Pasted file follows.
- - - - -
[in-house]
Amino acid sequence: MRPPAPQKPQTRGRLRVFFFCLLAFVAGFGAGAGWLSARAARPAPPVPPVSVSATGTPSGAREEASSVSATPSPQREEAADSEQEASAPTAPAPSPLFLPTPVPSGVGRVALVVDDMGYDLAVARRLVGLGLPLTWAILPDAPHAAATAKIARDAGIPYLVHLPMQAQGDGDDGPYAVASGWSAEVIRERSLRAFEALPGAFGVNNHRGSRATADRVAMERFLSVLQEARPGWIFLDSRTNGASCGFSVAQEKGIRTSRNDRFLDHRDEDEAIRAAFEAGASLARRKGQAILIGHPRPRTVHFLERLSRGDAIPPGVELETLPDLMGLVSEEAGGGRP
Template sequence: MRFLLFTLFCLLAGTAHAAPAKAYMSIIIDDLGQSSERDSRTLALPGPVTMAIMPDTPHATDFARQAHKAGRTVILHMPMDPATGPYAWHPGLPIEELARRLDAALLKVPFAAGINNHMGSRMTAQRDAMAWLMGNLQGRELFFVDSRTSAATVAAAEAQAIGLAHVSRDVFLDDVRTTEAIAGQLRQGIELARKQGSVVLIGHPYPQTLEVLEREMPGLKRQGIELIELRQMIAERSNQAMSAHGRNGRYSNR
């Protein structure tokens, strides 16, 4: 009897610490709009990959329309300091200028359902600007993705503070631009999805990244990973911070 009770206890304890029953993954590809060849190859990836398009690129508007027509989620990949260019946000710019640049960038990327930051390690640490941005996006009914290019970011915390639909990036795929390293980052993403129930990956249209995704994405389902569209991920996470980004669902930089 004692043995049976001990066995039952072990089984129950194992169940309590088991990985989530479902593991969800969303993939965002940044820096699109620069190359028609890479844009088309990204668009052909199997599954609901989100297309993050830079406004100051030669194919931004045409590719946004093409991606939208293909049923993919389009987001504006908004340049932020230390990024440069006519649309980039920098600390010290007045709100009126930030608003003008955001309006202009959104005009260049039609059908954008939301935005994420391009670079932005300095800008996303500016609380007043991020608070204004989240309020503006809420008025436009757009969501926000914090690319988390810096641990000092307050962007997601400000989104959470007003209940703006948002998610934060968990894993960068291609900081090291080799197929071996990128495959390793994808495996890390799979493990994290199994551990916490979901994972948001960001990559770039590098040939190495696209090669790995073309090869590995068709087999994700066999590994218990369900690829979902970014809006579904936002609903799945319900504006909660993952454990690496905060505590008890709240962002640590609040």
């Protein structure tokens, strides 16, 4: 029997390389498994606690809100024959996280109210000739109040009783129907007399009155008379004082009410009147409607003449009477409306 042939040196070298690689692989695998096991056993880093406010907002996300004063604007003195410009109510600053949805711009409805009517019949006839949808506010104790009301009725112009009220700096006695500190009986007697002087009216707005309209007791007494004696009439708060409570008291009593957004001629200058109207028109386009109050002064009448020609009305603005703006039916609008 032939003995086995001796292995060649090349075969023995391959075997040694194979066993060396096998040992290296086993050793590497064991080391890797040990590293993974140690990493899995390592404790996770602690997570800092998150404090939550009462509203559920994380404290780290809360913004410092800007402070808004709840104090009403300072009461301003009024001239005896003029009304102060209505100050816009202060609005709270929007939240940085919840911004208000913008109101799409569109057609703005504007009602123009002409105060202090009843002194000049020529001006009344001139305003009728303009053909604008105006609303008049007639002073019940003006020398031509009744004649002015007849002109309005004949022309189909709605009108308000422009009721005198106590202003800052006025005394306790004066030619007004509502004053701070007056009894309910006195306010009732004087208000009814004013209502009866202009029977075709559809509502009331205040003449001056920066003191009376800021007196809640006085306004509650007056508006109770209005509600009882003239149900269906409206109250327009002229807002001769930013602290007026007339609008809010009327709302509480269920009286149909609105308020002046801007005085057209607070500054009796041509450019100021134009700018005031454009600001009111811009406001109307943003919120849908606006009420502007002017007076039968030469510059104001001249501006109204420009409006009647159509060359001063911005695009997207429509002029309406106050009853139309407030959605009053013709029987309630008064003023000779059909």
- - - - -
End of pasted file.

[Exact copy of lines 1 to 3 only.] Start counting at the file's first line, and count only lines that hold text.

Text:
[in-house]
Amino acid sequence: MRPPAPQKPQTRGRLRVFFFCLLAFVAGFGAGAGWLSARAARPAPPVPPVSVSATGTPSGAREEASSVSATPSPQREEAADSEQEASAPTAPAPSPLFLPTPVPSGVGRVALVVDDMGYDLAVARRLVGLGLPLTWAILPDAPHAAATAKIARDAGIPYLVHLPMQAQGDGDDGPYAVASGWSAEVIRERSLRAFEALPGAFGVNNHRGSRATADRVAMERFLSVLQEARPGWIFLDSRTNGASCGFSVAQEKGIRTSRNDRFLDHRDEDEAIRAAFEAGASLARRKGQAILIGHPRPRTVHFLERLSRGDAIPPGVELETLPDLMGLVSEEAGGGRP
Template sequence: MRFLLFTLFCLLAGTAHAAPAKAYMSIIIDDLGQSSERDSRTLALPGPVTMAIMPDTPHATDFARQAHKAGRTVILHMPMDPATGPYAWHPGLPIEELARRLDAALLKVPFAAGINNHMGSRMTAQRDAMAWLMGNLQGRELFFVDSRTSAATVAAAEAQAIGLAHVSRDVFLDDVRTTEAIAGQLRQGIELARKQGSVVLIGHPYPQTLEVLEREMPGLKRQGIELIELRQMIAERSNQAMSAHGRNGRYSNR